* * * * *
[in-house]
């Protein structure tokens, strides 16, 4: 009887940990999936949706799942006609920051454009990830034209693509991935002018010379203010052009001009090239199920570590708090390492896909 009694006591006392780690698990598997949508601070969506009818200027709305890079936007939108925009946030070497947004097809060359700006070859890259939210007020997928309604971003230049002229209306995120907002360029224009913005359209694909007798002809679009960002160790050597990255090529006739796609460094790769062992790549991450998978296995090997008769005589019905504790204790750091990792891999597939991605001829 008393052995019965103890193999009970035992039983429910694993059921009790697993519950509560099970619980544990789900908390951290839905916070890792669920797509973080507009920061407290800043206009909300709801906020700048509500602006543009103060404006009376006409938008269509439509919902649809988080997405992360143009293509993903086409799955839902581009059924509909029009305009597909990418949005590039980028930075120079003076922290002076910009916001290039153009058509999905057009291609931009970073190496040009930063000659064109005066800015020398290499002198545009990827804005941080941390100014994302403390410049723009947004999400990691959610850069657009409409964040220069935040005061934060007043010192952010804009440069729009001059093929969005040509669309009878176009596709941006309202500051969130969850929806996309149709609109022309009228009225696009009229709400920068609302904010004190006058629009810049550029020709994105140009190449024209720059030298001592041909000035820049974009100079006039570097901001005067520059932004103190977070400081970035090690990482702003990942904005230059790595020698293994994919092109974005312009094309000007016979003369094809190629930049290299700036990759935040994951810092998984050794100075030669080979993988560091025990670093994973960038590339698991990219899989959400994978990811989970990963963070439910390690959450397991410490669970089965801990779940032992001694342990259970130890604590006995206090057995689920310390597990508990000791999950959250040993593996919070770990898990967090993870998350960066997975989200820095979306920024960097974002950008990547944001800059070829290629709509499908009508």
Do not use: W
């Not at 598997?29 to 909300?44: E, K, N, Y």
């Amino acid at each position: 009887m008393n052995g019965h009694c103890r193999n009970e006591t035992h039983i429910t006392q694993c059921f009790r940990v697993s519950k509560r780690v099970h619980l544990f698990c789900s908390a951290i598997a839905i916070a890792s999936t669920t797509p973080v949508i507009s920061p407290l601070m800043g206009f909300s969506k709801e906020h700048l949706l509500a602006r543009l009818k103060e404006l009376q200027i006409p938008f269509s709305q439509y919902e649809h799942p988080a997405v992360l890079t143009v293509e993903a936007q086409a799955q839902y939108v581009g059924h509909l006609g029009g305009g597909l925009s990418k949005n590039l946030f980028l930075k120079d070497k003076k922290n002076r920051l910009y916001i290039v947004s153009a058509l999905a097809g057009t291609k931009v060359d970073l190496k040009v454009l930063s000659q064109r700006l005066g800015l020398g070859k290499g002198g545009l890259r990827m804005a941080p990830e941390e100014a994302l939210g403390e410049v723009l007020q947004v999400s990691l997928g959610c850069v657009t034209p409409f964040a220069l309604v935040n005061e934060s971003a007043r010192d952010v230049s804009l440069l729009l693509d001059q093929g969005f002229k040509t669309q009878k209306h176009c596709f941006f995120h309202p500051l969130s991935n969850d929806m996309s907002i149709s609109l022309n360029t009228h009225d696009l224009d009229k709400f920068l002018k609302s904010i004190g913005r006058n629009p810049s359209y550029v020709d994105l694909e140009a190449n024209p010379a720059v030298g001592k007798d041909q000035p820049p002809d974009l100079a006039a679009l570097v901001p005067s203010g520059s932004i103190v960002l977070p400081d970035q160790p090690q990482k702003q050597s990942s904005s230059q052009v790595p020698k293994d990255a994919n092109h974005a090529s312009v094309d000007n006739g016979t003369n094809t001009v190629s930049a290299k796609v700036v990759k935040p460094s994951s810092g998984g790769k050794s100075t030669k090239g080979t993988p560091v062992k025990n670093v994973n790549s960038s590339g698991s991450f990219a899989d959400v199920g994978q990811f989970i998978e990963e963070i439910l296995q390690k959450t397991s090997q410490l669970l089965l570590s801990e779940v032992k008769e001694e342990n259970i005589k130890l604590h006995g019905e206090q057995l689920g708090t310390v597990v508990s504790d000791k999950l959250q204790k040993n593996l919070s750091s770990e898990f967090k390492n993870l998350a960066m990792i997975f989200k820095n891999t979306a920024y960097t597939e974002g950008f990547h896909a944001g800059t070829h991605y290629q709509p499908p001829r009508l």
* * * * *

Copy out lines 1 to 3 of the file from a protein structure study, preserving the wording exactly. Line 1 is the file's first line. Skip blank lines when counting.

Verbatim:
[in-house]
């Protein structure tokens, strides 16, 4: 009887940990999936949706799942006609920051454009990830034209693509991935002018010379203010052009001009090239199920570590708090390492896909 009694006591006392780690698990598997949508601070969506009818200027709305890079936007939108925009946030070497947004097809060359700006070859890259939210007020997928309604971003230049002229209306995120907002360029224009913005359209694909007798002809679009960002160790050597990255090529006739796609460094790769062992790549991450998978296995090997008769005589019905504790204790750091990792891999597939991605001829 008393052995019965103890193999009970035992039983429910694993059921009790697993519950509560099970619980544990789900908390951290839905916070890792669920797509973080507009920061407290800043206009909300709801906020700048509500602006543009103060404006009376006409938008269509439509919902649809988080997405992360143009293509993903086409799955839902581009059924509909029009305009597909990418949005590039980028930075120079003076922290002076910009916001290039153009058509999905057009291609931009970073190496040009930063000659064109005066800015020398290499002198545009990827804005941080941390100014994302403390410049723009947004999400990691959610850069657009409409964040220069935040005061934060007043010192952010804009440069729009001059093929969005040509669309009878176009596709941006309202500051969130969850929806996309149709609109022309009228009225696009009229709400920068609302904010004190006058629009810049550029020709994105140009190449024209720059030298001592041909000035820049974009100079006039570097901001005067520059932004103190977070400081970035090690990482702003990942904005230059790595020698293994994919092109974005312009094309000007016979003369094809190629930049290299700036990759935040994951810092998984050794100075030669080979993988560091025990670093994973960038590339698991990219899989959400994978990811989970990963963070439910390690959450397991410490669970089965801990779940032992001694342990259970130890604590006995206090057995689920310390597990508990000791999950959250040993593996919070770990898990967090993870998350960066997975989200820095979306920024960097974002950008990547944001800059070829290629709509499908009508």
Do not use: W